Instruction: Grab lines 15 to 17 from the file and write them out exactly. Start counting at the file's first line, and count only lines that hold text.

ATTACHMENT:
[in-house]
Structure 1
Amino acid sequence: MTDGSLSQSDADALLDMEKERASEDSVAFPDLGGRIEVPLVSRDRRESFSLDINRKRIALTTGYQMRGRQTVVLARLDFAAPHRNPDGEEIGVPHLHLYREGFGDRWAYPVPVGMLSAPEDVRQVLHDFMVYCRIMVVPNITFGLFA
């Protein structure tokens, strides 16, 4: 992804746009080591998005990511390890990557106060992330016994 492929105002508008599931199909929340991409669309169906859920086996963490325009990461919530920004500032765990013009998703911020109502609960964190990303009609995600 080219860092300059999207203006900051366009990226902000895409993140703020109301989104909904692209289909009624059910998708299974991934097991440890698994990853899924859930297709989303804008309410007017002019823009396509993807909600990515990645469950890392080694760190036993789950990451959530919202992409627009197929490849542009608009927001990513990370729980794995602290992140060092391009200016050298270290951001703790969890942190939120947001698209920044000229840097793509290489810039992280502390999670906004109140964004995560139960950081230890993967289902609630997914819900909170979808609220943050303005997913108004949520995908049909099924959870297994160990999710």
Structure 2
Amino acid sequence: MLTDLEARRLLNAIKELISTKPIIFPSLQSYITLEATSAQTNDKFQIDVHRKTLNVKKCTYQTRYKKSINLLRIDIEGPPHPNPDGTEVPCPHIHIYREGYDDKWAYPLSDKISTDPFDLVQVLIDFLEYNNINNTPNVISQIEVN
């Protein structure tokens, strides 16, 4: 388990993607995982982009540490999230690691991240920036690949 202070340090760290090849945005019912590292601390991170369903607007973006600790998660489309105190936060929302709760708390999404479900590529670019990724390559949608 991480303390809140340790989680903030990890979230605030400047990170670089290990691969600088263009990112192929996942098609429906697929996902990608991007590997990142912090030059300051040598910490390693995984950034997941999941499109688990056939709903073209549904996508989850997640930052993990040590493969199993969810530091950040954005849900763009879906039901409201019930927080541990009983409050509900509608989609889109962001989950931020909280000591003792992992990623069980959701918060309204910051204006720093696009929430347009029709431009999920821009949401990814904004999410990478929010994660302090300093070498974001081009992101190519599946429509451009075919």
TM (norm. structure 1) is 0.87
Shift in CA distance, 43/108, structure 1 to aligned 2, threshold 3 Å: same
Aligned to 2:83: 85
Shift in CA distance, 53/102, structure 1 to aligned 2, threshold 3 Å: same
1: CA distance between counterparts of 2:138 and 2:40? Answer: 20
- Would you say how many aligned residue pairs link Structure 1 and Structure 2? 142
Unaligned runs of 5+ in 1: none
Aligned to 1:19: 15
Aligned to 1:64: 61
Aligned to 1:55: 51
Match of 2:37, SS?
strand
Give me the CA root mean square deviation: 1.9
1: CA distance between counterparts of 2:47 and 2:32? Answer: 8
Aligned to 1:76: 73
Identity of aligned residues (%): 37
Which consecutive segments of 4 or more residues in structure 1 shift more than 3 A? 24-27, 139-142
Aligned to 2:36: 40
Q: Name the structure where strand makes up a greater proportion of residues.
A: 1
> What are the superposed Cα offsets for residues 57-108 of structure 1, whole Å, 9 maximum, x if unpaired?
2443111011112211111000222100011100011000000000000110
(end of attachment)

Aligned to 1:19: 15
Aligned to 1:64: 61
Aligned to 1:55: 51